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Putin, Erdogan discuss international cooperation, bilateral ties

Putin positively assessed the work of the Russian-Turkish center for monitoring the ceasefire in Nagorno-Karabakh, adding that it served to promote stability and reconciliation in the region.

IANS | Moscow |

Russian President Vladimir Putin discussed cooperation on international issues and bilateral ties with his Turkish counterpart Recep Tayyip Erdogan in Sochi on Wednesday.

Putin noted that Russian-Turkish cooperation in the international arena has been successful, further pointing to efforts aimed at coordinating positions on Syria and Libya, Xinhua news agency reported.

He positively assessed the work of the Russian-Turkish center for monitoring the ceasefire in Nagorno-Karabakh, adding that it served to promote stability and reconciliation in the region.

The Russian leader also emphasized the successful work of the Turkish Stream gas pipeline that continues to operate amid a turbulent situation in the European gas market.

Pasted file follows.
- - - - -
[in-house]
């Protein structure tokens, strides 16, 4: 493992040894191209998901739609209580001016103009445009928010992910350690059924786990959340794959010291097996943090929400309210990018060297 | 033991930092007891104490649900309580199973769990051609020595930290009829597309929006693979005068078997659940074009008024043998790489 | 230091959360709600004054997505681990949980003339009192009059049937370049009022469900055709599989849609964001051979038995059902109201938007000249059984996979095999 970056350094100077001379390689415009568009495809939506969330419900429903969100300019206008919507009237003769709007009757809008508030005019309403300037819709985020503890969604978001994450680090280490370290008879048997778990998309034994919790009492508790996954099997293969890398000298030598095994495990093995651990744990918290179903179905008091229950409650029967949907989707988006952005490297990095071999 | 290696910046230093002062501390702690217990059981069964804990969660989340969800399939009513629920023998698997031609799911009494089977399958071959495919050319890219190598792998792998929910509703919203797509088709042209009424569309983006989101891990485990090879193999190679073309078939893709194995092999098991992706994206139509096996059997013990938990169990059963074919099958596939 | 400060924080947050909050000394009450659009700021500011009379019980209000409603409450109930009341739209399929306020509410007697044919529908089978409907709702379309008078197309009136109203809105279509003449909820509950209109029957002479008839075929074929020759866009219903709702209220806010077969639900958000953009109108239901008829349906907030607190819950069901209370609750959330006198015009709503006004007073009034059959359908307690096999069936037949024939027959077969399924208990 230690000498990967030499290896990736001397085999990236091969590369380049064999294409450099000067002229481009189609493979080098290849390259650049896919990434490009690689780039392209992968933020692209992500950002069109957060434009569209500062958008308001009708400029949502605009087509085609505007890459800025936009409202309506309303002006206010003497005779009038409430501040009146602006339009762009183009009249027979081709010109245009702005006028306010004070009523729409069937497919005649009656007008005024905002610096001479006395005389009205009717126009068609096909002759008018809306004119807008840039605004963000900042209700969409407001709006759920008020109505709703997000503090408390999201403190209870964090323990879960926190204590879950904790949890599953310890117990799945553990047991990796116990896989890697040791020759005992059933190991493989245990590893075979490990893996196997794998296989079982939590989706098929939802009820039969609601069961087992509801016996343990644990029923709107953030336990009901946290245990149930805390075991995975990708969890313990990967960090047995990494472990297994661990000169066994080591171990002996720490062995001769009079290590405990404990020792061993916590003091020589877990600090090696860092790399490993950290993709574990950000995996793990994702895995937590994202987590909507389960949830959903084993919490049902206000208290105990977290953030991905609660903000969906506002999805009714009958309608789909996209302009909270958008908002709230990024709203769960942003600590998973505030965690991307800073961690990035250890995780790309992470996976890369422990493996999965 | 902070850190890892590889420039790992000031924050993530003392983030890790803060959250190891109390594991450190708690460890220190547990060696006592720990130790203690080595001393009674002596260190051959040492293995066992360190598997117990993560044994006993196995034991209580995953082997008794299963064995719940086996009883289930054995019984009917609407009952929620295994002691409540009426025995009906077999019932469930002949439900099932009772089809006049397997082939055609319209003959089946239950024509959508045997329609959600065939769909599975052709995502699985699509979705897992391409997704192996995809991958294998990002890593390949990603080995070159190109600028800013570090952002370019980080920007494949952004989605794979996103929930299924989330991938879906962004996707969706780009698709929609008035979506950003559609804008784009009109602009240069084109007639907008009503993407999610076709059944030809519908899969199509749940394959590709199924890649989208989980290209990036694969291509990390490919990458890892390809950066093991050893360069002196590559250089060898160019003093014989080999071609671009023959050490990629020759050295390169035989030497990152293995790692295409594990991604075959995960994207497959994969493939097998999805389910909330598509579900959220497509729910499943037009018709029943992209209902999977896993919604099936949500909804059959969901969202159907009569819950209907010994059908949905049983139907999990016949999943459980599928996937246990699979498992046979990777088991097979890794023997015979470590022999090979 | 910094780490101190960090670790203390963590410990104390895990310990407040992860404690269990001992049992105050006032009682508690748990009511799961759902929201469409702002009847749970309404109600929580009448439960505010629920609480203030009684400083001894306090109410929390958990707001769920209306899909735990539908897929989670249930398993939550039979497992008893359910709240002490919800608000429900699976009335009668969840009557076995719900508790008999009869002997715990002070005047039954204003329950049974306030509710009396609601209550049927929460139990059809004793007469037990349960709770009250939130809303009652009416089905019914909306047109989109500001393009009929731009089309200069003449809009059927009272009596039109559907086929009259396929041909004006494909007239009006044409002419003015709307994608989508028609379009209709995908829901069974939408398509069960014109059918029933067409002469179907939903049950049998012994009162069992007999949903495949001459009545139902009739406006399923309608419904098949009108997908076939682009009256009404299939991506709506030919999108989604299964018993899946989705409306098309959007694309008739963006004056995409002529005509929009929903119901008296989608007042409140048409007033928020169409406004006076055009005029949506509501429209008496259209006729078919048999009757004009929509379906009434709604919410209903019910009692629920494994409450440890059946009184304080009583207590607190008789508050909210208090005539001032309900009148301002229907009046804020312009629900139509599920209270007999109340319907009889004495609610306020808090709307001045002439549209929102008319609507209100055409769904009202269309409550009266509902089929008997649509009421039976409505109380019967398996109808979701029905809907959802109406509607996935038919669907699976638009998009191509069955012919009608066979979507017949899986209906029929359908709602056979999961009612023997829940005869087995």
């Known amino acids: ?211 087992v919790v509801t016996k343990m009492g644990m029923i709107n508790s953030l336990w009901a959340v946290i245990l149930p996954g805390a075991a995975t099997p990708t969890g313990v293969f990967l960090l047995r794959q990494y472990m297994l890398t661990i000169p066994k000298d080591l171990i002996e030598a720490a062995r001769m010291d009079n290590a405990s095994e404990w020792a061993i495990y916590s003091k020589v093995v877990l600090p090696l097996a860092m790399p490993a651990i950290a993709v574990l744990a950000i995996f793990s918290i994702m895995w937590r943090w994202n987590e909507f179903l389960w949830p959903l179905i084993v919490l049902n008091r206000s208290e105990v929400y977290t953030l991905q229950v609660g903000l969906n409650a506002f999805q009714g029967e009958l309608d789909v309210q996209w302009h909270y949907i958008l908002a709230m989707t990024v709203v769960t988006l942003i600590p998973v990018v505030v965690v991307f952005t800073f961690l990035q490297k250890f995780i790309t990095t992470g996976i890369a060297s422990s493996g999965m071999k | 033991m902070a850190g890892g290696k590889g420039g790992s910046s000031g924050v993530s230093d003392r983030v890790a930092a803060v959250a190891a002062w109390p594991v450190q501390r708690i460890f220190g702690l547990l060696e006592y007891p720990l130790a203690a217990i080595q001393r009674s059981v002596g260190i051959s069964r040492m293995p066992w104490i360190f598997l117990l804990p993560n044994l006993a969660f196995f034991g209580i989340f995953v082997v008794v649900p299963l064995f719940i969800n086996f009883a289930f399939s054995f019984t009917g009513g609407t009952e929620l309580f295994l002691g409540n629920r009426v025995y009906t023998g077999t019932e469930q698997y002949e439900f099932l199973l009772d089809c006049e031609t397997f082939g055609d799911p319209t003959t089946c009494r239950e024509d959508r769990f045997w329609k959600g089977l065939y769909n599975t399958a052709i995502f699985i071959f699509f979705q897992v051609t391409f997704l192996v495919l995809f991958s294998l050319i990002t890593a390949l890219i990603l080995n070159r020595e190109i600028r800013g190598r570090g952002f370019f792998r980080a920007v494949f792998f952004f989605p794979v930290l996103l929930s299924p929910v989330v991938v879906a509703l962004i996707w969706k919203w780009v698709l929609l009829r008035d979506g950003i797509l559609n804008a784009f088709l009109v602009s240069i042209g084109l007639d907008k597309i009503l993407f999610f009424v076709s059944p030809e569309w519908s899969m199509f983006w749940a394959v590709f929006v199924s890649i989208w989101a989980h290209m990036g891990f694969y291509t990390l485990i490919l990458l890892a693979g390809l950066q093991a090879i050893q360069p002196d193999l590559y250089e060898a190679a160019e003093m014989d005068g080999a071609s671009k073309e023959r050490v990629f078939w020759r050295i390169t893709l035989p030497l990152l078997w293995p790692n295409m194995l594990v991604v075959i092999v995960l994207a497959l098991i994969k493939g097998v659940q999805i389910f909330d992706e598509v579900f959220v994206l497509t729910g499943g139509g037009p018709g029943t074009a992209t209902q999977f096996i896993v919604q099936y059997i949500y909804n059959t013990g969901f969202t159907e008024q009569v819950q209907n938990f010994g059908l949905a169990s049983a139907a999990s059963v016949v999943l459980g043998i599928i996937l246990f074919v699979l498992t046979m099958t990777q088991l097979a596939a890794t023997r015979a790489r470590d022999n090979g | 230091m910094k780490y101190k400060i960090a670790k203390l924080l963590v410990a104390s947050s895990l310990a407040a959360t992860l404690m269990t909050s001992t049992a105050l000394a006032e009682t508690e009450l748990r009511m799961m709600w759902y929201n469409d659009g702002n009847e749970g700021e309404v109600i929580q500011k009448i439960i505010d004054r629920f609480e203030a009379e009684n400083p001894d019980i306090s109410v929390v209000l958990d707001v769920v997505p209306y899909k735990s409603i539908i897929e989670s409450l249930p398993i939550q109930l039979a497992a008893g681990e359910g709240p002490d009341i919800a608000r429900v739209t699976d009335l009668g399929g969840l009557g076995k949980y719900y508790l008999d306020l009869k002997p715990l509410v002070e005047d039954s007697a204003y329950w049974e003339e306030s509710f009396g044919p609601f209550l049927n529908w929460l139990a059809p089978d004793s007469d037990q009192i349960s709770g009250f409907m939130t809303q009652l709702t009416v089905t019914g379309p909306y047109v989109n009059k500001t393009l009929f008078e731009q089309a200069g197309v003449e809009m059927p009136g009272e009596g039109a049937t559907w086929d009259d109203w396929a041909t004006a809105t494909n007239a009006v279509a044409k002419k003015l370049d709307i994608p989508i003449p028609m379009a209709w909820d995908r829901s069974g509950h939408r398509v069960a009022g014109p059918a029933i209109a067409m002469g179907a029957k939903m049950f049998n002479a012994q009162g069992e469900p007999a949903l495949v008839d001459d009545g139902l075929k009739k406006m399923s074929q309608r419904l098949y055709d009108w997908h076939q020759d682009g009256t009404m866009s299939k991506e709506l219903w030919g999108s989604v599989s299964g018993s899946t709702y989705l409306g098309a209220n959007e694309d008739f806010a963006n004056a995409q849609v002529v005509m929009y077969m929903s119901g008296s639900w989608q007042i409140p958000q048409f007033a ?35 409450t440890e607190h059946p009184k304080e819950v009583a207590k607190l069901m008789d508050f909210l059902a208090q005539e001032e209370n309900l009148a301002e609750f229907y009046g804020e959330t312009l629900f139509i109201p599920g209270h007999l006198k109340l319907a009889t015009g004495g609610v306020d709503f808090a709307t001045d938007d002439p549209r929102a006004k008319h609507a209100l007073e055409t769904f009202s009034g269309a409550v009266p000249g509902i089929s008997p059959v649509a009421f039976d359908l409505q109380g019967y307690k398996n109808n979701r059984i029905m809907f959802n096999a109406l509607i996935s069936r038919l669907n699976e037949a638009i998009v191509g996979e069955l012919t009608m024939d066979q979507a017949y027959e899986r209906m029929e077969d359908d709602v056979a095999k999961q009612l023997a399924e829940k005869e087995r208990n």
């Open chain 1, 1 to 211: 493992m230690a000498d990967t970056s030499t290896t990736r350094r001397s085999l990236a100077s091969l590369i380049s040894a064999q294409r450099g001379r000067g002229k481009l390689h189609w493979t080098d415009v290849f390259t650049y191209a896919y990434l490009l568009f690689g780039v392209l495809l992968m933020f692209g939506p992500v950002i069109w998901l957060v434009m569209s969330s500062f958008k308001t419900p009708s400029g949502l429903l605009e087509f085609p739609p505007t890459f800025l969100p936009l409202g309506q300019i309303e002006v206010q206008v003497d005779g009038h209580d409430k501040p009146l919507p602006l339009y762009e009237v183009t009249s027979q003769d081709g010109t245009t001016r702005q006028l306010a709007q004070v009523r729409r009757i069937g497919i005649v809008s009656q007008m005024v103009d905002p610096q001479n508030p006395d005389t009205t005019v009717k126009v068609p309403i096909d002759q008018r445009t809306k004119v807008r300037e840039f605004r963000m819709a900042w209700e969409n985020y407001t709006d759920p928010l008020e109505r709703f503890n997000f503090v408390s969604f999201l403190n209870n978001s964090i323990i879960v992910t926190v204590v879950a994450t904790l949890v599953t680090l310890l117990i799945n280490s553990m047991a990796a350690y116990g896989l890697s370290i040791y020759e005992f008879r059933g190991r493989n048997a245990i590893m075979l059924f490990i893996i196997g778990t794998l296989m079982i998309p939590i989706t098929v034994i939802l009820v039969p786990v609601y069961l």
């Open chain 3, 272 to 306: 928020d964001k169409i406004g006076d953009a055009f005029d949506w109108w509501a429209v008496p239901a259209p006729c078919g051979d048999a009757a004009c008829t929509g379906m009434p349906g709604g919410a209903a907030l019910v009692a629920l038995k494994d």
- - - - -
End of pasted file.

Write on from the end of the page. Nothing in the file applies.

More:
Both leaders said work on the construction of the Akkuyu nuclear power plant in the Turkish province of Mersin was being carried out according to plan.

Erdogan noted progressive development with regard to military, trade, economic and political ties between the two countries and said peace in Syria is largely dependent on cooperation between Moscow and Ankara.

The meet comes after US President Joe Biden refused to grant a one-on-one meeting with his Turkish counterpart on the sidelines of United Nations General Assembly (UNGA), a disappointed and angry Recep Tayyip Erdogan told Turkish journalists in a briefing that he had managed to work well at times with former presidents, but not with Biden so far.

Just a day later, on September 24, speaking after prayers in Istanbul, Erdogan went on to criticize Biden for the second time within 24 hours – saying that he and Biden failed to bridge their differences at a meeting during his visit to New York and the recent talks with the United States president had proved disappointing.

Erdogan also accused the US of supporting “terror organizations” rather than fighting them, referring to the US partnership with the People’s Protection Units (YPG) – affiliated to the outlawed Kurdistan Workers’ Party (PKK) – in northern Syria.